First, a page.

Bishop Calls on Armed Bands to Observe a Cease-Fire for a Peaceful Christmas in Colombia

The Mexican Revolutionary Forces is a Colombian crime gang that idolizes famous Mexican drug lords.

Prayer vigil.
Prayer vigil. (photo: Unsplash)

The bishop of Istmina-Tadó, Colombia, Mario Álvarez Gómez, called on the various armed groups in his country to observe a “unilateral cease-fire” to “celebrate Christmas in peace” and commit to the pacification of the country with concrete actions.

The prelate referred to the National Liberation Army (ELN), “the Gaitanista Self-Defense Forces of Colombia, the Mexican Revolutionary Forces, and the RPS-Cartel del Norte Armed Forces,” which operate in the Chocó district, where the Diocese of Istmina-Tadó is located.

The Mexican Revolutionary Forces is a Colombian crime gang that idolizes famous Mexican drug lords.

“A clear sign of sincere desire for peace must be manifested in respect for life; an end to extortion; the disappearance of borders or invisible barriers; [and] the recruitment and exploitation of boys, girls, adolescents, and young people,” Bishop Álvarez Gómez said.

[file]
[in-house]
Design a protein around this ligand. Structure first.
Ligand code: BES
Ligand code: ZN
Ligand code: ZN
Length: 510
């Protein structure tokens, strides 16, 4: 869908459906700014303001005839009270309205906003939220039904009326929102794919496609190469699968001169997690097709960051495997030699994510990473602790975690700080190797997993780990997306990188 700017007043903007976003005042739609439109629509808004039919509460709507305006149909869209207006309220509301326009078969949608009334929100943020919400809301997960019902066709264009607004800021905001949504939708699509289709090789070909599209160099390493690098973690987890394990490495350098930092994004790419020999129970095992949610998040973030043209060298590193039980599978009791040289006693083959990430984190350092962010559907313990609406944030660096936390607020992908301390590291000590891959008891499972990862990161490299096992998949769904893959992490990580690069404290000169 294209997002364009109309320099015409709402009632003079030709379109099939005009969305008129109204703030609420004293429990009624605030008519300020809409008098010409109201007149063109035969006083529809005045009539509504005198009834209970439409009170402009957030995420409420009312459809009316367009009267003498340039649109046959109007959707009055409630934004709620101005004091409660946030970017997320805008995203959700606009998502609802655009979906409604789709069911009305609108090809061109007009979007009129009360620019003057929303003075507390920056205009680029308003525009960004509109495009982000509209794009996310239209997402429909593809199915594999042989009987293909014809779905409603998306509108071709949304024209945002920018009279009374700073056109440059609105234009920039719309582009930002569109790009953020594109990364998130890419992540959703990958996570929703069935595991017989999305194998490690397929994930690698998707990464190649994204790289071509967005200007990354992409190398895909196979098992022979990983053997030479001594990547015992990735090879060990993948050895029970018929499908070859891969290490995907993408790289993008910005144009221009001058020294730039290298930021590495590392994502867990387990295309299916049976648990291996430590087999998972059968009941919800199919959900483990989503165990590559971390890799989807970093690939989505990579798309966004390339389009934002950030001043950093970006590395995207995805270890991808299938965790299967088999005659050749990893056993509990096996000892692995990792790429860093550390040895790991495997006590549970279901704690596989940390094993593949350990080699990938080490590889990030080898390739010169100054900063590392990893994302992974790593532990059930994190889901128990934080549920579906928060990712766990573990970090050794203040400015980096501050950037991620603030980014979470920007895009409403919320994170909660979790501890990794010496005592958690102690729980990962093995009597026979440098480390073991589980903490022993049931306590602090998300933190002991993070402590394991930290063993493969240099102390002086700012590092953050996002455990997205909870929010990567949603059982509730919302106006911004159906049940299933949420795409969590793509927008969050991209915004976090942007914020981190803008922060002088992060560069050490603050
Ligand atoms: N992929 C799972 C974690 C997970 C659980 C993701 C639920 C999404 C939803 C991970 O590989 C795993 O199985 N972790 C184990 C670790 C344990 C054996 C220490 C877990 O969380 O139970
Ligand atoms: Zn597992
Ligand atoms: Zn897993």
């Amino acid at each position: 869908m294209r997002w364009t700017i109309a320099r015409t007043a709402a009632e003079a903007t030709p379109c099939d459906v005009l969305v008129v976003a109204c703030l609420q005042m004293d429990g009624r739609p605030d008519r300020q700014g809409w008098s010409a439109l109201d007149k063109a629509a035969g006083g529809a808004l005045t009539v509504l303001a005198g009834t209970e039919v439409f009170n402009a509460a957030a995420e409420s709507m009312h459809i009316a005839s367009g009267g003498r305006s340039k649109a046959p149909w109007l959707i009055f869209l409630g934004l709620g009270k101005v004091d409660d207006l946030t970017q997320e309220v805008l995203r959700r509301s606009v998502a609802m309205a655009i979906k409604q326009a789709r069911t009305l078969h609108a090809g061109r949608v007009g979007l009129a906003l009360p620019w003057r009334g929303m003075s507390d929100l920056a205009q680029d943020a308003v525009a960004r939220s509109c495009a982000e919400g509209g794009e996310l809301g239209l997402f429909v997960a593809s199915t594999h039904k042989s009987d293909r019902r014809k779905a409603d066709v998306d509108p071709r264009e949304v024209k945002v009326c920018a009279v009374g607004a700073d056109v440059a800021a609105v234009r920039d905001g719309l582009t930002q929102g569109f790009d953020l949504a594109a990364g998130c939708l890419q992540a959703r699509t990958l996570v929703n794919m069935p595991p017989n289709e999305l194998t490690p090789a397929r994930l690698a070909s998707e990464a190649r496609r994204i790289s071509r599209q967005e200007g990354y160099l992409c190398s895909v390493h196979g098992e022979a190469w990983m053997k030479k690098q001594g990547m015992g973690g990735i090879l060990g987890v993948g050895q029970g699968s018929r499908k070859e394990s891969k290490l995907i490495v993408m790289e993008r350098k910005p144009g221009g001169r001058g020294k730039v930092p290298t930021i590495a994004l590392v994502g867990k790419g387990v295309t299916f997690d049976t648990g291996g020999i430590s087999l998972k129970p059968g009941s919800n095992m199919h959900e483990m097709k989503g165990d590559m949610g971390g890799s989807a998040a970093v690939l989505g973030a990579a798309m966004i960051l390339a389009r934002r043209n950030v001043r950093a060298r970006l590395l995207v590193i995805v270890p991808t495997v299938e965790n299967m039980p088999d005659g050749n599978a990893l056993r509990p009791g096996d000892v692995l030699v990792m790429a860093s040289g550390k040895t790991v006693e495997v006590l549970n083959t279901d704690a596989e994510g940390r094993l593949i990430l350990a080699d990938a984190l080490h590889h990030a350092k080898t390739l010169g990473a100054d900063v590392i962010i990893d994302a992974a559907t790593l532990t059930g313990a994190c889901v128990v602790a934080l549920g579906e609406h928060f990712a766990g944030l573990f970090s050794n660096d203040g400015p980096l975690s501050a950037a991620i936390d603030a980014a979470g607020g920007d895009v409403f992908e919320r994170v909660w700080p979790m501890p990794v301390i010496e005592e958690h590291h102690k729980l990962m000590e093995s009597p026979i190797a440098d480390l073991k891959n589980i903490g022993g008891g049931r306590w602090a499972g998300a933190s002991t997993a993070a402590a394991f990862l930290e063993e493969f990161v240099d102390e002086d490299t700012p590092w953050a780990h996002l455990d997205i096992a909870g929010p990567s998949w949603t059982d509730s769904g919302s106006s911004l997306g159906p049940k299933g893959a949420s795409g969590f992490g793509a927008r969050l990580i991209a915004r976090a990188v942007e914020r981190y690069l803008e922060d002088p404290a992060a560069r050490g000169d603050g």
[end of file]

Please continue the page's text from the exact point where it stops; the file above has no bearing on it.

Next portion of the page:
In his statement, the bishop said that the diocese encourages, “with immense hope, the willingness of the national government and the ELN to initiate humanitarian relief in our territory that will bring us calm and encouragement to continue in the struggle for peace.”

The Diocese of Istmina-Tadó also encouraged “continuing the implementation of the ‘Final Agreement for the Termination of the Conflict and the Construction of a Stable and Lasting Peace,’” signed in 2016 between the Colombian State and the Revolutionary Armed Forces of Colombia (FARC) before of its official dissolution.

“Therefore, we call on the ex-combatants of the FARC and the three branches of government of the Colombian State to be faithful to the fulfillment of what was agreed to and not betray the dreams of the victims of achieving truth, justice, reparation, and guarantees it won’t be repeated again,” he said.

The ELN and the government of Gustavo Petro began negotiations for a peace agreement Nov. 21. The first round was held in Venezuela and ended Dec. 12. The Catholic Church is attending the peace talks with the ongoing role of “accompanying” the process along with other countries as guarantors.

Also, the Colombian government announced Dec. 16 that it is willing to begin a process of rapprochement with the RPS Armed Forces-Cartel del Norte and the Mexican Revolutionary Forces.

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